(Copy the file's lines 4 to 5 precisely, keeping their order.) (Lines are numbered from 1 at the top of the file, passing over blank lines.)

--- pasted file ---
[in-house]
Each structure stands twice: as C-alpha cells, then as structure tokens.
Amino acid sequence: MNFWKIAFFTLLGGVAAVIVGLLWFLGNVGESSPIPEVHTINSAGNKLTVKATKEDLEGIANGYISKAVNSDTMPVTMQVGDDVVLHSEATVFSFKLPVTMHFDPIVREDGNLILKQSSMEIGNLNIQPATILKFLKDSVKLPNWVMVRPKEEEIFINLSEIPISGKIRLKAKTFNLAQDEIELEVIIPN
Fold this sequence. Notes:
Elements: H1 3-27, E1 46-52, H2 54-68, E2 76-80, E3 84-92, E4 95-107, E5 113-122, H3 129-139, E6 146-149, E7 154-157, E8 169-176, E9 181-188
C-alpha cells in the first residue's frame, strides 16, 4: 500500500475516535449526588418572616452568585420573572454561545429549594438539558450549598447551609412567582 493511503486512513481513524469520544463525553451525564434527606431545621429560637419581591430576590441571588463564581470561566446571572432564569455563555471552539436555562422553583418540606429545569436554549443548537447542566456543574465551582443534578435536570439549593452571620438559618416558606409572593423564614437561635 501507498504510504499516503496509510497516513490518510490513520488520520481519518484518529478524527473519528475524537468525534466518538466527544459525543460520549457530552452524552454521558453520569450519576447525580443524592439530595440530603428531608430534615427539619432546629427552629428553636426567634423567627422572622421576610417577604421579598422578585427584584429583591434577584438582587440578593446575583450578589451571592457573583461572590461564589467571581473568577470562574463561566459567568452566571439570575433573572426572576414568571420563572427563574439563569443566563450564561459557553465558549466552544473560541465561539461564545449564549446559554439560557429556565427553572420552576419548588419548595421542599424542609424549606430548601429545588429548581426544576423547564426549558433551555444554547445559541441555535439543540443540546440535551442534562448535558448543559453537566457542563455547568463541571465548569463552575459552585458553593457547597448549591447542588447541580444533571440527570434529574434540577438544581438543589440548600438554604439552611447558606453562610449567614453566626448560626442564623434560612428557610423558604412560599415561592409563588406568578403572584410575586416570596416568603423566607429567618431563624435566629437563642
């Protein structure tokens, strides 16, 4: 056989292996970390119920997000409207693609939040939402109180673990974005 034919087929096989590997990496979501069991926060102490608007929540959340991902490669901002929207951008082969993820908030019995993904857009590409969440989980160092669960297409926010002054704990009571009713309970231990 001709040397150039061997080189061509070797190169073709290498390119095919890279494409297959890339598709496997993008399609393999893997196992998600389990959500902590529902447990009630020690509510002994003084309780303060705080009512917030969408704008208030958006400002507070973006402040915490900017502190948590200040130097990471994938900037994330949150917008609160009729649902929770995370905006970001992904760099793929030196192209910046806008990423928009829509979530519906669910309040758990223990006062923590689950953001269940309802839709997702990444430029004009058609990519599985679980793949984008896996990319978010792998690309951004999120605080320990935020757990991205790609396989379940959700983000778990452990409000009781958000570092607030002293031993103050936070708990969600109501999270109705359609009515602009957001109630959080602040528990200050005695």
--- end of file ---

Fold this sequence. Notes:
Elements: H1 3-27, E1 46-52, H2 54-68, E2 76-80, E3 84-92, E4 95-107, E5 113-122, H3 129-139, E6 146-149, E7 154-157, E8 169-176, E9 181-188